Times are changing . . .

Yesterday it was all the news US media outlets: Jason Collins came out. Saying in a Sports illustrated article: "I'm a 34-year-old NBA center. I'm black. And I'm gay." Collins, who currently plays for the Washington Wizards made history yesterday becoming the first openly gay athlete in a major American team sport.

If you've followed the story over the last couple of hours, you know that such national figures from Kobe Bryant to Bill Clinton, President Obama and Michelle Obama weighed in to support the courage of this athlete sharing his truth with the world.

While naysayers of course have judged, the response has been overwhelming positive.

This comes in addition to the news that Brittany Griner, a recent Baylor University stand-out (one of my favorite women's players to watch in years) and number one pick in the WNBA draft recently told Sport illustrated that she is gay also.

When I heard this news, I felt an overwhelming sense of gratitude for what this meant for countless other gay young men like himself. I felt gratitude to watch history of American sports change before my eyes.

I felt gratitude on behalf of the churches who are working toward being more welcoming and affirming each day-- like the church I was most recently pastored.

I felt gratitude for his courage-- speaking his truth, a truth that will polarize him to many, but is still the truth of his life.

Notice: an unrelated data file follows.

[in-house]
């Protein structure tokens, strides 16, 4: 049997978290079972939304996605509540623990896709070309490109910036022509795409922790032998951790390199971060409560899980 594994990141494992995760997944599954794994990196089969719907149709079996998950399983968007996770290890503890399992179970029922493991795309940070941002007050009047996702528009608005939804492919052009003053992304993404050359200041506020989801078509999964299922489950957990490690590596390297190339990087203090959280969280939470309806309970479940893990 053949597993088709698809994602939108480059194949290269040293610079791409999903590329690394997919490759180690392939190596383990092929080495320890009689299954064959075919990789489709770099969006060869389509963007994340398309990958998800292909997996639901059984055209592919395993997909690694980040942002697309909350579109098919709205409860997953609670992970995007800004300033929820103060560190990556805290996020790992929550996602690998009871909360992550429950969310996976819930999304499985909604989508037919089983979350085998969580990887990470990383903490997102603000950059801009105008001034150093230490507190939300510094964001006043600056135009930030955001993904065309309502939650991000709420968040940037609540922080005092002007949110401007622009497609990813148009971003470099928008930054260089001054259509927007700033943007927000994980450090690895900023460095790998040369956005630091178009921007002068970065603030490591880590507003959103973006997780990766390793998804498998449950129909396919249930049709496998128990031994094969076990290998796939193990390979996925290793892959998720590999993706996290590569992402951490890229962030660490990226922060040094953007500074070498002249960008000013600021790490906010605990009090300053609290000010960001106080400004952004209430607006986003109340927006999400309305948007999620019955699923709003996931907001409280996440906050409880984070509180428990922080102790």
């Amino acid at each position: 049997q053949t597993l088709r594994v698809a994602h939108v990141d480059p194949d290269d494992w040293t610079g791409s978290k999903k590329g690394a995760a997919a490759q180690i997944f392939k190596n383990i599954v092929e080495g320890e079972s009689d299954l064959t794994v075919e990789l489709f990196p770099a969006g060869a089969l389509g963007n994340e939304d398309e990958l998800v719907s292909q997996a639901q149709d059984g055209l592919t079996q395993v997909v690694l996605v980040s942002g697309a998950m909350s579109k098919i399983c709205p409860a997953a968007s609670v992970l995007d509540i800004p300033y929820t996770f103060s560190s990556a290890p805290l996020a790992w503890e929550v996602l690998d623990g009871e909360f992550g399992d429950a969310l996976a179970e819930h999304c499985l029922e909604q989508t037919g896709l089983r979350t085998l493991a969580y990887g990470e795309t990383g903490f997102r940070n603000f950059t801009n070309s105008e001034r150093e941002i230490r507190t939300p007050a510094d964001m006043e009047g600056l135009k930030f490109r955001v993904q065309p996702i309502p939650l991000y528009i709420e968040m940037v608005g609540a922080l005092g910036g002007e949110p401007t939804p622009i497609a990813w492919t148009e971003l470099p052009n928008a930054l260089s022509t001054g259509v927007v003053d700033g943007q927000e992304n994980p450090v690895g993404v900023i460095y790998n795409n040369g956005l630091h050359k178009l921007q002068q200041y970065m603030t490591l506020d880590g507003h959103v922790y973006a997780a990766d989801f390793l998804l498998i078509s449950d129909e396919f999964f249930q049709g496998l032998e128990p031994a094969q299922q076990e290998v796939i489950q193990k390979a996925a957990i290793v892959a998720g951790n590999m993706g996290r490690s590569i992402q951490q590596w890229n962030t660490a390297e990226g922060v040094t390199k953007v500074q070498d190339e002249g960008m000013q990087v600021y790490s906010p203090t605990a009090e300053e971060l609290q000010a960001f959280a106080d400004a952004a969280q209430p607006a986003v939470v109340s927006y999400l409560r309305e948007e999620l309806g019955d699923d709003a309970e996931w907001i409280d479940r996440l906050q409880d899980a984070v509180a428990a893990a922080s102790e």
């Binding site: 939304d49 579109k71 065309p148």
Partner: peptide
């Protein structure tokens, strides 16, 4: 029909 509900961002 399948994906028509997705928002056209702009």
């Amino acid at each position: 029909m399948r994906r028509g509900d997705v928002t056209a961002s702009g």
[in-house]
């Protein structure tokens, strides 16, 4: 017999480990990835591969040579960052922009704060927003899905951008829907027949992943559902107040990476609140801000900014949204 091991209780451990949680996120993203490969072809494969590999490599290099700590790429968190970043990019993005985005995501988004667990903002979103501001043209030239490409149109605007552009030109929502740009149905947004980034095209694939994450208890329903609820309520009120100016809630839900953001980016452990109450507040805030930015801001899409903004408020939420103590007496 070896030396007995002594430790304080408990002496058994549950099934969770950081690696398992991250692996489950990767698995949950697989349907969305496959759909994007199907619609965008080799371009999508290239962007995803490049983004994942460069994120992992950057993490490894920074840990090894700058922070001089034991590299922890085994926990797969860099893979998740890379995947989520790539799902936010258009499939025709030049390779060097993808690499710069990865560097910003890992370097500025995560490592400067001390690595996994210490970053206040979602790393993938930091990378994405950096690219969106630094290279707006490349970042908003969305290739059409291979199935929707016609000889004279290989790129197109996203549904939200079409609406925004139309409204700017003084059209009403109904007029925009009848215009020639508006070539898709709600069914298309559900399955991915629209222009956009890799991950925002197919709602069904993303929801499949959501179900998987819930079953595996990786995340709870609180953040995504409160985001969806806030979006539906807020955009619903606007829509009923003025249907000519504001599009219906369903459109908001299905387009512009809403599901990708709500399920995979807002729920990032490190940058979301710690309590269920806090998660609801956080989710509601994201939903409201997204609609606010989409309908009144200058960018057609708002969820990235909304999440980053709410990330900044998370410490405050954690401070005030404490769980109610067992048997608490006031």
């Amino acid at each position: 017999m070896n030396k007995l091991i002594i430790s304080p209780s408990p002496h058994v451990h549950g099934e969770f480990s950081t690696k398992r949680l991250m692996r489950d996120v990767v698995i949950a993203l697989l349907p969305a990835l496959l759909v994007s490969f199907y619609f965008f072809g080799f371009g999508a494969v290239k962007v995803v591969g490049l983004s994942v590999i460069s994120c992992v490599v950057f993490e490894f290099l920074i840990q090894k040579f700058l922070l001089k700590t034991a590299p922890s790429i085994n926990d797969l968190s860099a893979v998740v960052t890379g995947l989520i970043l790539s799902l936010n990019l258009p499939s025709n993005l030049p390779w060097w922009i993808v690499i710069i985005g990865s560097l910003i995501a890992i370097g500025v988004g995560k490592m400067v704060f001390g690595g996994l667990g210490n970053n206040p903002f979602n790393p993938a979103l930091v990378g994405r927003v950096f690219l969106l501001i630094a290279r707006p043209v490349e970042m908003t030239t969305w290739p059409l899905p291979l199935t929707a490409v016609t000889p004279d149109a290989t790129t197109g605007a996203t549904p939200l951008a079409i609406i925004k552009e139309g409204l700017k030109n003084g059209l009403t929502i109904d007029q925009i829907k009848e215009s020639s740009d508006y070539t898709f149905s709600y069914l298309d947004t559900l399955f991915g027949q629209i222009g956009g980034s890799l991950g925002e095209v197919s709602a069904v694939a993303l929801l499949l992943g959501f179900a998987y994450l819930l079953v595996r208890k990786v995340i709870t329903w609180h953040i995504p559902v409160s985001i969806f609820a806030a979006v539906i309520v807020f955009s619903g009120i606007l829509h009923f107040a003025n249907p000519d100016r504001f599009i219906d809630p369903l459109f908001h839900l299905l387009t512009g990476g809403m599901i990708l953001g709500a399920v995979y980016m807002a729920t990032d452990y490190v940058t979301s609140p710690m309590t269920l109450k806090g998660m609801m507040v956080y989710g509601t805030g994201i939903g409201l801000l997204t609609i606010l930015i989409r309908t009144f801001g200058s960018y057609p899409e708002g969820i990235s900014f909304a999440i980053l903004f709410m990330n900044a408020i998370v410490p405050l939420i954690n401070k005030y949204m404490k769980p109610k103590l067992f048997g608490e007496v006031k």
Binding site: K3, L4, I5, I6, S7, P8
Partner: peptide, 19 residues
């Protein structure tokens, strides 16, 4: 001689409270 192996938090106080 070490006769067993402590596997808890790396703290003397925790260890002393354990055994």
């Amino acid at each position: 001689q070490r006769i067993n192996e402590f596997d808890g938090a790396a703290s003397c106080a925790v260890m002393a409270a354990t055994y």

I think if yesterday showed us anything it is that times have changed and it is time for the rest of us closeted gay and lesbian allies to get on board and come out too.

It's just not acceptable anymore to look down on someone for who they choose to love, who they want to marry or who they want to share a home with.

It's just not acceptable even more for the "gay movement" to be seen as a movement-- for it is a part of the fabric of what it means to be a human being for some which can not be changed.

It's just not acceptable any more to be quiet or to hide your support for your gay and lesbian friends-- for soon, and I believe in my lifetime, it will grow to be non-issue for most and American laws will reflect such.

If you don't agree with the choices others make in their private lives, it just not acceptable to be mean, condescending or isolationist toward those who have made different choices than you.

If you are as excited about these movements as I am-- join me in thanking, encouraging and praying for the Jason Collins' of this world. There will be hard days still ahead for him. There will be hate mail. For Jason, there probably will be difficult interactions with other players or rude fans.

But, I can imagine that Jason Collins would not change a thing about what he said in the article. Why? Because it is was his truth. And he had to share it.

Didn't Jesus say that it is the truth that will set us all free?

All of this makes me think of my favorite Marianne Williamson quote about truth-telling: “We were born to make manifest the glory of God that is within us. It's not just in some of us; it's in everyone. And as we let our own light shine, we unconsciously give other people permission to do the same. As we are liberated from our own fear, our presence automatically liberates others.”

Times are changing in America. Folks like Jason Collins and Britney Griner are speaking their truth. Are we on board with sharing more of ours too?